1. Microbiology and Infectious Disease
  2. Physics of Living Systems
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High-speed, three-dimensional imaging reveals chemotactic behaviour specific to human-infective Leishmania parasites

  1. Rachel C Findlay
  2. Mohamed Osman
  3. Kirstin A Spence
  4. Paul M Kaye
  5. Pegine B Walrad  Is a corresponding author
  6. Laurence G Wilson  Is a corresponding author
  1. York Biomedical Research Institute, Department of Biology, University of York, United Kingdom
  2. Department of Physics, University of York, United Kingdom
  3. York Biomedical Research Institute, Hull York Medical School, University of York, United Kingdom
Research Article
Cite this article as: eLife 2021;10:e65051 doi: 10.7554/eLife.65051
3 figures, 6 videos and 1 additional file


Figure 1 with 1 supplement
Swimming phenotypes in infective (metacyclic promastigote [META]) and non-infective (procyclic promastigote [PCF]) Leishmania mexicana cells.

(A) qPCRs of H4 (PCF molecular marker) and SHERP (META molecular marker) levels relative to N-myristyltransferase (nmt) (constant transcript control) demonstrate that enriched, but not wholly distinct populations of cells were isolated and characterised. (B) Three-dimensional swimming trajectories from 500 PCF cells of L. mexicana, showing stereotypical meandering helical paths (Video 2). (C) Trajectories of 500 META cells of L. mexicana. These show a marked transition to a ‘run and tumble’ phenotype of rapid, straight trajectories interspersed by sharp reorientations (Video 3). (D,E) Distribution of instantaneous swimming speeds in PCF (n = 3231) and META (n = 2202) cells, respectively. (F) Individual tracks of PCF and META cells at a smaller scale, illustrating the different swimming phenotypes (Video 4). (G) Cartoon illustrating the dominant swimming phenotype for PCF (top) and META (bottom). (H) The x-component of cell body motion as a function of time for a PCF cell. The black line represents the raw data, and the blue line is the motion reconstituted using the principal frequency components only. (I) The x-component of motion for a META cell, both raw data (black) and principal frequencies only (red). The flagellar beat frequency is more pronounced in META cells compared to PCF cells because the cell bodies of the former are significantly smaller, and their flagella are longer. (J) Averaged power spectra of PCF (blue, n = 3231) and META (red, n = 2202) motion, when the lowest frequencies have been removed (see text). The peaks at around 0.6 Hz correspond to the rotation of the flagellar beat plane and the peaks at around 20 Hz to the flagellar beat in both cell types. The peak values and estimated uncertainties are indicated.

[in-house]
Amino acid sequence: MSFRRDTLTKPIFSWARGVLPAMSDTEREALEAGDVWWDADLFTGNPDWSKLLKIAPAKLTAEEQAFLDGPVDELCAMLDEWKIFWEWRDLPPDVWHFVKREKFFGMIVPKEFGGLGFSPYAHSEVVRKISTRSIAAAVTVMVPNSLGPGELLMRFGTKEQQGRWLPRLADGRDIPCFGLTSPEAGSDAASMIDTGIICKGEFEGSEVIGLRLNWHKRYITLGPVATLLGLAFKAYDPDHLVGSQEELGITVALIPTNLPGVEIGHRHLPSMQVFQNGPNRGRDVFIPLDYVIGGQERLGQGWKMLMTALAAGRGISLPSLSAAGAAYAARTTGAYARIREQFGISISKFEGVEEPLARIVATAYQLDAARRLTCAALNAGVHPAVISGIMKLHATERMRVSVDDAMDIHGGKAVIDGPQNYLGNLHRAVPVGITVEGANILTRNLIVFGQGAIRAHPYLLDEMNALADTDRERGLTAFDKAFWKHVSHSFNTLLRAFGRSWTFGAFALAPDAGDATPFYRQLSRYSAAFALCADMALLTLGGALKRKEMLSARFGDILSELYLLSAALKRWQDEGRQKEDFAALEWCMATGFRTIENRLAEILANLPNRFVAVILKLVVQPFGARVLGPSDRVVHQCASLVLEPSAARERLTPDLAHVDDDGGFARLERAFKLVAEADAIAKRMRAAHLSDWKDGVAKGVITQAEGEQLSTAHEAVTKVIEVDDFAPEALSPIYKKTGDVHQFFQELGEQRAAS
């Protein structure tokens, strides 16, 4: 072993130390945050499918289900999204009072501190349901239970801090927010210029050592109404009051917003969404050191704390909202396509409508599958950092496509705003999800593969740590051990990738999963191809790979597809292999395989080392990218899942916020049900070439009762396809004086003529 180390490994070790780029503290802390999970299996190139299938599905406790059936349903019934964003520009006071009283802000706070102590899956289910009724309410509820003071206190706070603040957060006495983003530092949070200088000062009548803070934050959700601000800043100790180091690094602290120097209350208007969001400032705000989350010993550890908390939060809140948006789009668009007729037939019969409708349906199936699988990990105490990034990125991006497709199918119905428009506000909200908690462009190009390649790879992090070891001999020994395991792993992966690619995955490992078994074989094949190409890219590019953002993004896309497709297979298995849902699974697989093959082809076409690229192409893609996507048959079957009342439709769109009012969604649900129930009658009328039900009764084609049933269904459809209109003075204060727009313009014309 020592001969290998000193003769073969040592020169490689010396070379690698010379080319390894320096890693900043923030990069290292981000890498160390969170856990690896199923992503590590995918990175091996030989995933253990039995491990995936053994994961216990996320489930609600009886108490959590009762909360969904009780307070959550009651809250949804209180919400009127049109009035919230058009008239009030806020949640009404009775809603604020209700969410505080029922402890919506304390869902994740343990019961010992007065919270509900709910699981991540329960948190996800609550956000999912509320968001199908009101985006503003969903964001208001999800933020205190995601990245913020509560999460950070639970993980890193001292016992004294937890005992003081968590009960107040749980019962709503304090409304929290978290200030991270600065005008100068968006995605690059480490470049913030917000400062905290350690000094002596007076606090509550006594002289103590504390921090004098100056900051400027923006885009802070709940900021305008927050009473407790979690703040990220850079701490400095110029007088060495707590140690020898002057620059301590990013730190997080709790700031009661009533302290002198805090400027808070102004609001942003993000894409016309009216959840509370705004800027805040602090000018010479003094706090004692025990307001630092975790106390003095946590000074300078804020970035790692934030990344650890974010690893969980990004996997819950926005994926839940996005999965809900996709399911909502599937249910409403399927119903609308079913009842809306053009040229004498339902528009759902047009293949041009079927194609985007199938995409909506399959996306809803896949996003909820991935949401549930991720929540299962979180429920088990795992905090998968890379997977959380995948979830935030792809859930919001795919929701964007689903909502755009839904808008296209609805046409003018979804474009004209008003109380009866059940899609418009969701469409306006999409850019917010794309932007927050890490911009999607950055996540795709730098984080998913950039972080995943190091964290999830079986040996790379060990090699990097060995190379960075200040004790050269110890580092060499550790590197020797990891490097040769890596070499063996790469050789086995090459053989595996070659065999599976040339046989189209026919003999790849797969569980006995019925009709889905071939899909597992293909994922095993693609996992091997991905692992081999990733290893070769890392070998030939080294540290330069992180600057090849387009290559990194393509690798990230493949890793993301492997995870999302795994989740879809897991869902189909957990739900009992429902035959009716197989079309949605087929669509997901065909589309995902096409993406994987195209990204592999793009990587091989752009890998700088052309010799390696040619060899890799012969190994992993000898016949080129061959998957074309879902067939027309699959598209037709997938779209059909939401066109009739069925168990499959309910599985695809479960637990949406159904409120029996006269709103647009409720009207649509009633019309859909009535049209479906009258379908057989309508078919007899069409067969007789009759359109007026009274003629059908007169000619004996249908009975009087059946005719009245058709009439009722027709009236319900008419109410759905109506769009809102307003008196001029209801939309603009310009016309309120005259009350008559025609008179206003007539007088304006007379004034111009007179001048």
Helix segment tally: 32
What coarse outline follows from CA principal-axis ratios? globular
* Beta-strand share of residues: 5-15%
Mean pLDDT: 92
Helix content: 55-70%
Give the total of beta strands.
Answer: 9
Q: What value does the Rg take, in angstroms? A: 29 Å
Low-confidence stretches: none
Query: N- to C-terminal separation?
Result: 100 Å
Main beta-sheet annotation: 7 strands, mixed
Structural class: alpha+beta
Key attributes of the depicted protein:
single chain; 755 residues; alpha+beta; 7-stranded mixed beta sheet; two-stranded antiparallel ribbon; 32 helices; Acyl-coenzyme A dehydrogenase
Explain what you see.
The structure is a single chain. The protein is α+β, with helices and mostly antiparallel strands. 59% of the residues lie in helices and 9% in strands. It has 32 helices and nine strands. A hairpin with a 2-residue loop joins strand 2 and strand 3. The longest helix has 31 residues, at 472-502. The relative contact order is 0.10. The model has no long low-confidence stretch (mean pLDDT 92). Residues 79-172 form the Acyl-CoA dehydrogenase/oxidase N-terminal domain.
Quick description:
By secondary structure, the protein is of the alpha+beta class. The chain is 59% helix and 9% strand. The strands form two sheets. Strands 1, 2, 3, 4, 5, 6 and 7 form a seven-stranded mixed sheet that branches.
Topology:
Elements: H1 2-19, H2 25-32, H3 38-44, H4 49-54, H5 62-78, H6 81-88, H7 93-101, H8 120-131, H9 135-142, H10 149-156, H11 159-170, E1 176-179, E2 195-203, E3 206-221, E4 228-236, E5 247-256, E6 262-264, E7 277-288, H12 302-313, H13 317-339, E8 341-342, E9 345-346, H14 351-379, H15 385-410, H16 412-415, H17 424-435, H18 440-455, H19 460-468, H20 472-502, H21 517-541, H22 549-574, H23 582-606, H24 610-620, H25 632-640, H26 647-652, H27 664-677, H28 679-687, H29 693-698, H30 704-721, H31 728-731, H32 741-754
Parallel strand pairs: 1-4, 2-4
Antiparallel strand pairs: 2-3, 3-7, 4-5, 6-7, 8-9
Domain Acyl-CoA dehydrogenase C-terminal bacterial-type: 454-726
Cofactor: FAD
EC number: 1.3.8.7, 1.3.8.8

Figure 1—figure supplement 1
The Leishmania life cycle.

This cartoon shows the key stages of the Leishmania life cycle within the sandfly. Female sandflies ingest Leishmania amastigote-stage parasites (AMA; red) during bloodmeals from infected mammals. Within 24–48 hr of exposure to the midgut environment, AMA differentiate into procyclic-stage promastigotes (PCF; green). PCF in turn differentiate into human-infective metacyclic-stage promastigotes (META; purple) within 2 weeks. Subsequent bloodmeals can then transmit META parasites into new mammalian hosts. In our study we compare the swimming phenotype of the motile life cycle stages: PCF (green) and META (purple). We find that parasite differentiation is accompanied by distinct changes in swimming behaviour.

Three-dimensional geometry of metacyclic promastigote (META) and procyclic promastigote (PCF) cell tracks in Leishmania mexicana.

(A) Cartoon depicting left- and right-handed tracks, corresponding to negative and positive helicity, respectively (H=0 is an achiral line). (B) Normalised probability density of instantaneous helicity in a population of PCF (n = 1.1 × 105). (C) Normalised probability density of helicity among META (n = 7.9 × 104). (D) An example META trajectory in which the colour code shows instantaneous speed. The cell was imaged at 50 Hz, with every 30th point plotted for clarity and five changes in direction (‘tumbles’), as indicated. (E) The normalised probability density of tumble angles among META. The mean tumble angle is 72° ± 0.5° (SEM) and the mode is 21°. (F) The distribution of run durations among META, showing two distinct exponential regimes, at short and long times as indicated by the piecewise straight-line fits (black lines). The inset shows the complete range of run durations. (G) Correlation between the duration of a run and the tumble angle following it among META (n = 5027 runs). Shorter runs (population 1) are followed by a wider range of angles than longer runs (population 2) indicative of two characteristic run phenotypes.

Figure 3 with 2 supplements
The run and tumble behaviour of metacyclic promastigote (META) cells in the presence of an immunological stimulus.